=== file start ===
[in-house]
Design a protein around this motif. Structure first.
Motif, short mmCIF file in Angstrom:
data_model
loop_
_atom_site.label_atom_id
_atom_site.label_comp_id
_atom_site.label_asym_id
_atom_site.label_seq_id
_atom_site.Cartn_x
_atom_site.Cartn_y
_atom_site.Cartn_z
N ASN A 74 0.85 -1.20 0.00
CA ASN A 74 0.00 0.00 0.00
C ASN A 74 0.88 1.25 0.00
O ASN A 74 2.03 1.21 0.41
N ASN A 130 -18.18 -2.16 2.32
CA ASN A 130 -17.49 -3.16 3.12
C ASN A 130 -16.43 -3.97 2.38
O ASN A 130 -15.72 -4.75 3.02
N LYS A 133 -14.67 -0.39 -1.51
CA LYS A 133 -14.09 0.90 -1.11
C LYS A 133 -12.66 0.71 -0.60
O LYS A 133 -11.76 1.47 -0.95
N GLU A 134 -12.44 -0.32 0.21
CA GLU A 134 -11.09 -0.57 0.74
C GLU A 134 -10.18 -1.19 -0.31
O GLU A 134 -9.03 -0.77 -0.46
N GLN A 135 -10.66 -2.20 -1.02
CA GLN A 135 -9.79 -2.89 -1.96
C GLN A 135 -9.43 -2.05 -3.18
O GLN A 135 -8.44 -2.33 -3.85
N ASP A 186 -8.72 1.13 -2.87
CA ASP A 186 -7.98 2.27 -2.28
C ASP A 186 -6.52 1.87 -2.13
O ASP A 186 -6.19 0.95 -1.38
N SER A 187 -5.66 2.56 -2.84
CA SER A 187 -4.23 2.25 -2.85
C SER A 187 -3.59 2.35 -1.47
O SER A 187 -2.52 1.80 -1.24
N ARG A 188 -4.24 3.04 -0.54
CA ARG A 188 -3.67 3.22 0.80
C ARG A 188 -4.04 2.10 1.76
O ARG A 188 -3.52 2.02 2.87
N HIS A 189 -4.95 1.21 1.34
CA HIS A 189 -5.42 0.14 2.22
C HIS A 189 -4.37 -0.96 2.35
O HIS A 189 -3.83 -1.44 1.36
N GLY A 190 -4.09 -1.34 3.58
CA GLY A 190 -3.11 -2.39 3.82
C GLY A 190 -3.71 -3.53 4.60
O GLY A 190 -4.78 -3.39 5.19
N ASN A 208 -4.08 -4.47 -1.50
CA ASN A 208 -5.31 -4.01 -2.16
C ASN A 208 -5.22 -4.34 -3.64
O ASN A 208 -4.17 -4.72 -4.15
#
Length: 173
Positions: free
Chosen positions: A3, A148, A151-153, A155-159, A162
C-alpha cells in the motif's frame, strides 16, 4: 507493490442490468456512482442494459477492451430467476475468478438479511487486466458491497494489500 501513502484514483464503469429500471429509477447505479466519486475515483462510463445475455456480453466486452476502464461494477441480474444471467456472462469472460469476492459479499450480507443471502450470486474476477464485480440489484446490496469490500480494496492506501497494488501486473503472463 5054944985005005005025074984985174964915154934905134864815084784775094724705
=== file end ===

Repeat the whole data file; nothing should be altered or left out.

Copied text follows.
[in-house]
Design a protein around this motif. Structure first.
Motif, short mmCIF file in Angstrom:
data_model
loop_
_atom_site.label_atom_id
_atom_site.label_comp_id
_atom_site.label_asym_id
_atom_site.label_seq_id
_atom_site.Cartn_x
_atom_site.Cartn_y
_atom_site.Cartn_z
N ASN A 74 0.85 -1.20 0.00
CA ASN A 74 0.00 0.00 0.00
C ASN A 74 0.88 1.25 0.00
O ASN A 74 2.03 1.21 0.41
N ASN A 130 -18.18 -2.16 2.32
CA ASN A 130 -17.49 -3.16 3.12
C ASN A 130 -16.43 -3.97 2.38
O ASN A 130 -15.72 -4.75 3.02
N LYS A 133 -14.67 -0.39 -1.51
CA LYS A 133 -14.09 0.90 -1.11
C LYS A 133 -12.66 0.71 -0.60
O LYS A 133 -11.76 1.47 -0.95
N GLU A 134 -12.44 -0.32 0.21
CA GLU A 134 -11.09 -0.57 0.74
C GLU A 134 -10.18 -1.19 -0.31
O GLU A 134 -9.03 -0.77 -0.46
N GLN A 135 -10.66 -2.20 -1.02
CA GLN A 135 -9.79 -2.89 -1.96
C GLN A 135 -9.43 -2.05 -3.18
O GLN A 135 -8.44 -2.33 -3.85
N ASP A 186 -8.72 1.13 -2.87
CA ASP A 186 -7.98 2.27 -2.28
C ASP A 186 -6.52 1.87 -2.13
O ASP A 186 -6.19 0.95 -1.38
N SER A 187 -5.66 2.56 -2.84
CA SER A 187 -4.23 2.25 -2.85
C SER A 187 -3.59 2.35 -1.47
O SER A 187 -2.52 1.80 -1.24
N ARG A 188 -4.24 3.04 -0.54
CA ARG A 188 -3.67 3.22 0.80
C ARG A 188 -4.04 2.10 1.76
O ARG A 188 -3.52 2.02 2.87
N HIS A 189 -4.95 1.21 1.34
CA HIS A 189 -5.42 0.14 2.22
C HIS A 189 -4.37 -0.96 2.35
O HIS A 189 -3.83 -1.44 1.36
N GLY A 190 -4.09 -1.34 3.58
CA GLY A 190 -3.11 -2.39 3.82
C GLY A 190 -3.71 -3.53 4.60
O GLY A 190 -4.78 -3.39 5.19
N ASN A 208 -4.08 -4.47 -1.50
CA ASN A 208 -5.31 -4.01 -2.16
C ASN A 208 -5.22 -4.34 -3.64
O ASN A 208 -4.17 -4.72 -4.15
#
Length: 173
Positions: free
Chosen positions: A3, A148, A151-153, A155-159, A162
C-alpha cells in the motif's frame, strides 16, 4: 507493490442490468456512482442494459477492451430467476475468478438479511487486466458491497494489500 501513502484514483464503469429500471429509477447505479466519486475515483462510463445475455456480453466486452476502464461494477441480474444471467456472462469472460469476492459479499450480507443471502450470486474476477464485480440489484446490496469490500480494496492506501497494488501486473503472463 5054944985005005005025074984985174964915154934905134864815084784775094724705